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Jaws Beat Sheet

By on June 19, 2015 in Beat Sheets, Monster In The House

To celebrate the 40th Anniversary of the Spielberg classic, which premiered on June 20, 1975, we present this tasty breakdown.

Screenplay by: Peter Benchley and Carl Gottlieb
Based on the Novel By: Peter Benchley
Directed by: Steven Spielberg

Genre: Monster in the House

Opening Image: In predator POV, we prowl the ocean floor. The now-iconic John Williams score sets an ominous tone.

Set-Up: A relaxed beach bonfire party segues to a couple sneaking off to skinny-dip… but during the jaunt the young woman goes missing. The next day we meet Sheriff Brody (Roy Scheider) and follow along as he is called to the site of the girl’s disappearance. There, the girl’s body is discovered washed up on shore and, though we don’t see it, the reactions of the officers convey how gruesome the sight. Back at the office Brody fills out a report on the incident, typing in “Shark Attack” as the cause.

Theme Stated: As Brody heads off to work his wife tells him to be careful and he laughs it off, replying, “In this town?” It seems danger can infiltrate even the sleepiest of small communities if we’re not vigilant.

Catalyst: Mayor Vaughn (Murray Hamilton) and a coterie of local businessmen pressure Brody, who is newly transplanted to Amity Island, to not close the beaches. Amity depends on tourism, and this is peak season. Call it greed or simply best intentions gone awry, but this is the “sin” that welcomes the “monster” into their “house.”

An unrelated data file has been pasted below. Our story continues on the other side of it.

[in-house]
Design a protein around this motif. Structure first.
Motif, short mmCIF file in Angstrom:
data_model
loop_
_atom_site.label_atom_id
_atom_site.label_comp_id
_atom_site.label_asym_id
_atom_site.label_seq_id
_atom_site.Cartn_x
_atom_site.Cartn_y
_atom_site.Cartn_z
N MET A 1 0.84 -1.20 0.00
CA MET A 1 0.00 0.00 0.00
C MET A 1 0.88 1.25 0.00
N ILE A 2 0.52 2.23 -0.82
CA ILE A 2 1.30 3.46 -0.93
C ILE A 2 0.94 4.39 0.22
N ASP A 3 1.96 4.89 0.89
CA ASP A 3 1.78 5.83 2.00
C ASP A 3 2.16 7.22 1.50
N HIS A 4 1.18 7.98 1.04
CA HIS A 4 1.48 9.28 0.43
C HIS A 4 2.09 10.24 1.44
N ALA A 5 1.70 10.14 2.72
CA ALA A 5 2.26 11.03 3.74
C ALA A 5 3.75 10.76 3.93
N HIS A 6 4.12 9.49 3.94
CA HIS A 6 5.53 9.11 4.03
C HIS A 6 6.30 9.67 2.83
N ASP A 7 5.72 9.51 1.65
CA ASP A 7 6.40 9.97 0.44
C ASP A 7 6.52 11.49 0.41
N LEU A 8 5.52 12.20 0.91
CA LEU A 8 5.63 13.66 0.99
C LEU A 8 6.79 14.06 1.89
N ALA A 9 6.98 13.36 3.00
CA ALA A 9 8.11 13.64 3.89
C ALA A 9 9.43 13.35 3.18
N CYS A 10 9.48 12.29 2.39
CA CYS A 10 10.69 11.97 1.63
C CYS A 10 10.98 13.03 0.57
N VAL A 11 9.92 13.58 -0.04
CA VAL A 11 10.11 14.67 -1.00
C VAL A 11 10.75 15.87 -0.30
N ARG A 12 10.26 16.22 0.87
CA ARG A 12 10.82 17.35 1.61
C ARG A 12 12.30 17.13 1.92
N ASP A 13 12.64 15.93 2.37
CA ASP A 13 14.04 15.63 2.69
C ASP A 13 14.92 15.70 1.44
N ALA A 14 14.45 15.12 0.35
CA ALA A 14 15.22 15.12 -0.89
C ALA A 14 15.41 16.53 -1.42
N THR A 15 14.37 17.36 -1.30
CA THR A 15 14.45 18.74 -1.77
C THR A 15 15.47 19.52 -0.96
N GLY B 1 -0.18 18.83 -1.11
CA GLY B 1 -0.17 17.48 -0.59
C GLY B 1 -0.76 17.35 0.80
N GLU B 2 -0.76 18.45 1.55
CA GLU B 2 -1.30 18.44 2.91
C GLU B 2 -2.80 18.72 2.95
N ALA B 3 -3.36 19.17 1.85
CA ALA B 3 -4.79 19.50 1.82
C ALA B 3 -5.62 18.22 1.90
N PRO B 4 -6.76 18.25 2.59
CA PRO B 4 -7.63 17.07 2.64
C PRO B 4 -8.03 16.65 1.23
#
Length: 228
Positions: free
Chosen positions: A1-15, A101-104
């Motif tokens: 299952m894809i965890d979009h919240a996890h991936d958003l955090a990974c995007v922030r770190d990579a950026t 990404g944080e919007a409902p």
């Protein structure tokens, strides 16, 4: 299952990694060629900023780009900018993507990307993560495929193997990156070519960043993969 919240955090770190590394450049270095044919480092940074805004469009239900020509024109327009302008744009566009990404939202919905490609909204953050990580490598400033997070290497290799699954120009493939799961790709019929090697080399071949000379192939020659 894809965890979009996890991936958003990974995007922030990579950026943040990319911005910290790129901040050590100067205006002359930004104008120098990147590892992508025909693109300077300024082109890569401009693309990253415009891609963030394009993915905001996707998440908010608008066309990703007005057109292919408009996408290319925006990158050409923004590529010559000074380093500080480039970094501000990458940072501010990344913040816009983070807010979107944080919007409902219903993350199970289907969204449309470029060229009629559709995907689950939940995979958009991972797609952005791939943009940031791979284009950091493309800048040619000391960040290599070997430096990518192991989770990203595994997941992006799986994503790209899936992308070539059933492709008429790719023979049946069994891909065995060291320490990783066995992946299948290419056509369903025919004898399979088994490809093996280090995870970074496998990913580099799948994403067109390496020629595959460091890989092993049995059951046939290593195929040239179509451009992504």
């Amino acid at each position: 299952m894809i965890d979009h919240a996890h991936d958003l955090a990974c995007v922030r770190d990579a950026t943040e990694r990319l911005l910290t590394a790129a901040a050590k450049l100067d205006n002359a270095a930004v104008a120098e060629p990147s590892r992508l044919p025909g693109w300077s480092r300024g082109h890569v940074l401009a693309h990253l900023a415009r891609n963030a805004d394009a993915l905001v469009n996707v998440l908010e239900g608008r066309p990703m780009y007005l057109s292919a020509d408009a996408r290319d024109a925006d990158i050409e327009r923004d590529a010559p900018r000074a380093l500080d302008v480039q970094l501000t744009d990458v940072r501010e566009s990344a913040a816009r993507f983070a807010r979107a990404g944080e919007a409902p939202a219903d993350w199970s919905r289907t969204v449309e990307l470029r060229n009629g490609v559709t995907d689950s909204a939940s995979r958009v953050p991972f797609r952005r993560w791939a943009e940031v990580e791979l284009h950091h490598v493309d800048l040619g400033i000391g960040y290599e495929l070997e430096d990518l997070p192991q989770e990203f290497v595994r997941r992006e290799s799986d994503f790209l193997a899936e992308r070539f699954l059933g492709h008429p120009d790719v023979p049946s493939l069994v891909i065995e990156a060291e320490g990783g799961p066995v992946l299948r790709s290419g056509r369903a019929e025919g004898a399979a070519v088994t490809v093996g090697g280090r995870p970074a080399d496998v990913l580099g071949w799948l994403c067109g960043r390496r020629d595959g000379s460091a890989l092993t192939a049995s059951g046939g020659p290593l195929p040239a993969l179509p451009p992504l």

Debate: Brody’s on high alert as he watches friends and neighbors swim and play in the water, unaware of the danger. Can they really get away with tempting fate? Apparently not, as the shark attacks again—this time, in front of the whole town. A young boy is its victim. There’s no ignoring the problem now.

Break into Two: Every area fisherman takes to the water to try to collect the bounty being offered for catching the shark. One team catches a tiger shark and everyone celebrates in relief. Just-arrived shark researcher Hooper (Richard Dreyfuss) insists it’s too small to be the killer, but the Mayor refuses to let him cut it open to verify. It’s clear Brody knows in his gut that Hooper is correct, but he’s torn—he wants it to be the right shark so this nightmare will be over. At the end of this sequence, Mrs. Kitner—the mother of the young boy who was killed by the shark—slaps Brody, saying that if he’d closed the beaches her son would still be alive. This is the accusation—and truth—that compels Brody to take action himself instead of relying on the city fathers in Act 2.

B Story: Hooper visits Brody at home. He believes, and Brody quickly agrees, that they need to cut open the shark. These two will be a team from here until the final scene.

Fun and Games: Together Brody and Hooper verify the tiger shark is not the killer, and then go out on the water to try to spot the real predator. Donning his scuba gear, Hooper descends into the water near the wreckage of a boat. He finds a tooth, and from this determines that the shark terrorizing Amity is a great white. Hooper theorizes that it’s unlikely that the shark will move on as long as there is prey to be had in its feeding ground. Still the Mayor refuses to accept the truth; he’s more concerned with not spooking the wave of tourists arriving for the 4th of July.